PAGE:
Why Revenue Per Visitor is the best metric for ecommerce

February 27, 2018 by Sophie Coleman

In late 2017, Qubit released a groundbreaking piece of analysis that qualifies the most effective types of personalization that can be applied to a website. We found that if a business combines the most effective tactics (which include Social Proof, urgency and scarcity), they can expect an uplift of 6% in Revenue Per Visitor (RPV).

In this blog (part 1 of 2), explore why we use this metric, what it means, and why we consider it such a valuable measure for ecommerce marketing professionals. In part 2, we’ll look at some of the best tactics for increasing RPV.

Dealing with skews between SKUs
The market often talks about conversion rates as a measure of success. And it is very useful, particularly when you’re focused on customer acquisition.

But consider this: Tom and Jane are both merchandisers in the same business. Tom sells low price point items, such as T-shirts, while Jane sells big ticket items, such as Jackets.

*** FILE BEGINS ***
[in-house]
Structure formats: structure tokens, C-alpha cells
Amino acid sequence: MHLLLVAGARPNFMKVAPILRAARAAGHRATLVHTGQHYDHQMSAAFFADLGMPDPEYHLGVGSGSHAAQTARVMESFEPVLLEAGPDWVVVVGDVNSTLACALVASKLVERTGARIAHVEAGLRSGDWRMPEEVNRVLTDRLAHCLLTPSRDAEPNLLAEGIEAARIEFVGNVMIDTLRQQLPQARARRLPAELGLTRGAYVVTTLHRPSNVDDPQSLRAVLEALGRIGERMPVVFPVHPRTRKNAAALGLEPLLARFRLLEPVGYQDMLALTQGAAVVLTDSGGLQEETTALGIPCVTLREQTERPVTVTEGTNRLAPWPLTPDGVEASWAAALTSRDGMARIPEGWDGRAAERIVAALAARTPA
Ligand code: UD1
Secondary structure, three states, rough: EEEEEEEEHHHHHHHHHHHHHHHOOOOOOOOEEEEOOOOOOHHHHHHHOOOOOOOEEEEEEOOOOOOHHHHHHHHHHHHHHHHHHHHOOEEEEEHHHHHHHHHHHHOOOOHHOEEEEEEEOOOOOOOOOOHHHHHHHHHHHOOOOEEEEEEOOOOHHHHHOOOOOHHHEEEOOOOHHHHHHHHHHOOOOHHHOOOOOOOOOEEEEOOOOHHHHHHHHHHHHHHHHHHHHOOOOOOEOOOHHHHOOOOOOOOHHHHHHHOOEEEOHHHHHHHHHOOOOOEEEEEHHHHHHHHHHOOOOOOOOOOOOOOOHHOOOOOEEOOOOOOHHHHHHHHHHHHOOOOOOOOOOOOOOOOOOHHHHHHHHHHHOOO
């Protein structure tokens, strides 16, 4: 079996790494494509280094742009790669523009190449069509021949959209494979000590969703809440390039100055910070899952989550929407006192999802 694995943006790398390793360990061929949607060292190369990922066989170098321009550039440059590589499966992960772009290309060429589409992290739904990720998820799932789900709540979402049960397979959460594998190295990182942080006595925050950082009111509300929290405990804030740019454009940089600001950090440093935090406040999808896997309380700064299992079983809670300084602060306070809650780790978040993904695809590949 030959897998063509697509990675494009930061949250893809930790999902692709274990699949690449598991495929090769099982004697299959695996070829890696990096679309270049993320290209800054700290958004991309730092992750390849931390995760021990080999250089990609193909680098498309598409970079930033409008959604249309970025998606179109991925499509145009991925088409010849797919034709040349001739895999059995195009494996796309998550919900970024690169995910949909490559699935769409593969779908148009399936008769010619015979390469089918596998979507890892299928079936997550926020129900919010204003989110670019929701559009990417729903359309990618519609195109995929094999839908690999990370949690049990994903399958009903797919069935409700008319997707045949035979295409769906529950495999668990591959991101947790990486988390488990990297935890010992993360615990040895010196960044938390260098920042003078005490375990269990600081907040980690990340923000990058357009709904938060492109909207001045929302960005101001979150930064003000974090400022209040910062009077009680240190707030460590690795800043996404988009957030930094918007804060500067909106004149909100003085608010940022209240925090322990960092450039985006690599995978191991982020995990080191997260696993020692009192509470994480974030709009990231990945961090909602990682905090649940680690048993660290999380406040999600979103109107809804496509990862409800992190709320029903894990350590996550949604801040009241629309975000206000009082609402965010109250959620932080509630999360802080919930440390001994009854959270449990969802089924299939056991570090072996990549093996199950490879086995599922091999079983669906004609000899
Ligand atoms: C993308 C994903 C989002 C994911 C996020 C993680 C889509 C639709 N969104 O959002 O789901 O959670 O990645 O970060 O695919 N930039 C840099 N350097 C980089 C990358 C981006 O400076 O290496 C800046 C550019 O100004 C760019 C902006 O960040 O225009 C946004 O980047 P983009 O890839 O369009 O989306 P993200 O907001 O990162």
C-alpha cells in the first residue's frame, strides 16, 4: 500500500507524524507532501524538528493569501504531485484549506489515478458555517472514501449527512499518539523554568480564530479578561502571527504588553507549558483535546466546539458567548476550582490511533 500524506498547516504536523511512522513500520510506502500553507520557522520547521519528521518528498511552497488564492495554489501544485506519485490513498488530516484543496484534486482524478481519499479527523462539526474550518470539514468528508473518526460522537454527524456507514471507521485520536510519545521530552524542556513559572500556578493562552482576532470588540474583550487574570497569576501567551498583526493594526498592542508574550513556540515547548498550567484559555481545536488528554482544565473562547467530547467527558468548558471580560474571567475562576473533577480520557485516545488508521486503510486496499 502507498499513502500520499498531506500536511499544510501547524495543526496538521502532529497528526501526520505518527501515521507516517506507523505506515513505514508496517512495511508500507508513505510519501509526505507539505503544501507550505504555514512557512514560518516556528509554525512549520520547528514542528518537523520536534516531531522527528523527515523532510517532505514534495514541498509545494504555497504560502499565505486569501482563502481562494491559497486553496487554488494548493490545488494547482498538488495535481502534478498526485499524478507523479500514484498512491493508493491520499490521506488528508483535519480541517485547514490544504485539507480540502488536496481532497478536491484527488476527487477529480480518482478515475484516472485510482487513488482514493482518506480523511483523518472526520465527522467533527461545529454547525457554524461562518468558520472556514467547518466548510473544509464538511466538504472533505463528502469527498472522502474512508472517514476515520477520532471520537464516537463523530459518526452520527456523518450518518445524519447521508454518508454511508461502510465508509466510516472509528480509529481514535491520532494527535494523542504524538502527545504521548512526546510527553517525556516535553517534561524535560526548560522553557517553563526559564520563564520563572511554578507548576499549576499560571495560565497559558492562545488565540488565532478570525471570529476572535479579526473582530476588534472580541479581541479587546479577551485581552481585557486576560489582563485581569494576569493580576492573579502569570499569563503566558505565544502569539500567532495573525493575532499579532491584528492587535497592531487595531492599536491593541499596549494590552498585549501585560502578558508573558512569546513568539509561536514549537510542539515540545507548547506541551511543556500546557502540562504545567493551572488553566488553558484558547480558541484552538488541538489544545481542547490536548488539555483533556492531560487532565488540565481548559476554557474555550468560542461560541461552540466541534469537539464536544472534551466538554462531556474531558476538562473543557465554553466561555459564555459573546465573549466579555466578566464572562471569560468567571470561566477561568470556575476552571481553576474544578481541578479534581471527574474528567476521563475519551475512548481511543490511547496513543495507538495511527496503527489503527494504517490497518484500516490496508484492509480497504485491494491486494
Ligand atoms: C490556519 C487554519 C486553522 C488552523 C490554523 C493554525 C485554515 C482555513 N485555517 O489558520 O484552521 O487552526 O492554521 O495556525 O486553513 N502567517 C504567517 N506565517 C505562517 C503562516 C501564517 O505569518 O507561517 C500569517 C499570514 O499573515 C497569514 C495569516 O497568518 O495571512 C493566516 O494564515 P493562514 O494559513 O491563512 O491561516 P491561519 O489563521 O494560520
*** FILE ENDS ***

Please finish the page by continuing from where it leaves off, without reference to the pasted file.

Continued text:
Looking at conversion rate alone, Tom appears to be more valuable to the business. His conversions are 10%—twice that of Jane!

The twist is that Tom’s items generate less revenue for the business—T-shirt purchasers spend about $20 while Jacket shoppers spend around $100.

To level the playing field and truly understand where value is created, we need to take into account both factors: Conversion Rate and Revenue Per Converter. Multiply these two and you get RPV:

Calculating rpv by multiplying conversion rate by revenue per converter
From here it’s a short leap to calculate company revenue—multiply RPV by the amount of visitors to your site.

Why else do we like RPV?
Quite simply, RPV recognises that there are multiple levers which can drive an increase in profitability.

Moreover, RPV is a true ecommerce metric dealing in traffic once it has been acquired. This rewards the efforts of your merchandising teams in promoting the kinds of products that lead to more business growth.

Finally, revenue per visitor can be calculated in two ways, which offers some flexibility with your reporting and a means of double checking your working:

RPV can be calculated by dividing revenue by the number of site visitors, or multiplying revenue per converter by conversion rate.

Wrap up
If you’re looking at the impact of your personalization, RPV is a great tool as it combines the value of the items purchased, and accounts for a variance in SKU pricing.

Keep an eye out for the next part of this blog, where we’ll take a quick look the most effective types of personalization for boosting RPV, and to see how to reach 6% uplifts in RPV, check out the report.



Author Sophie Coleman Read more

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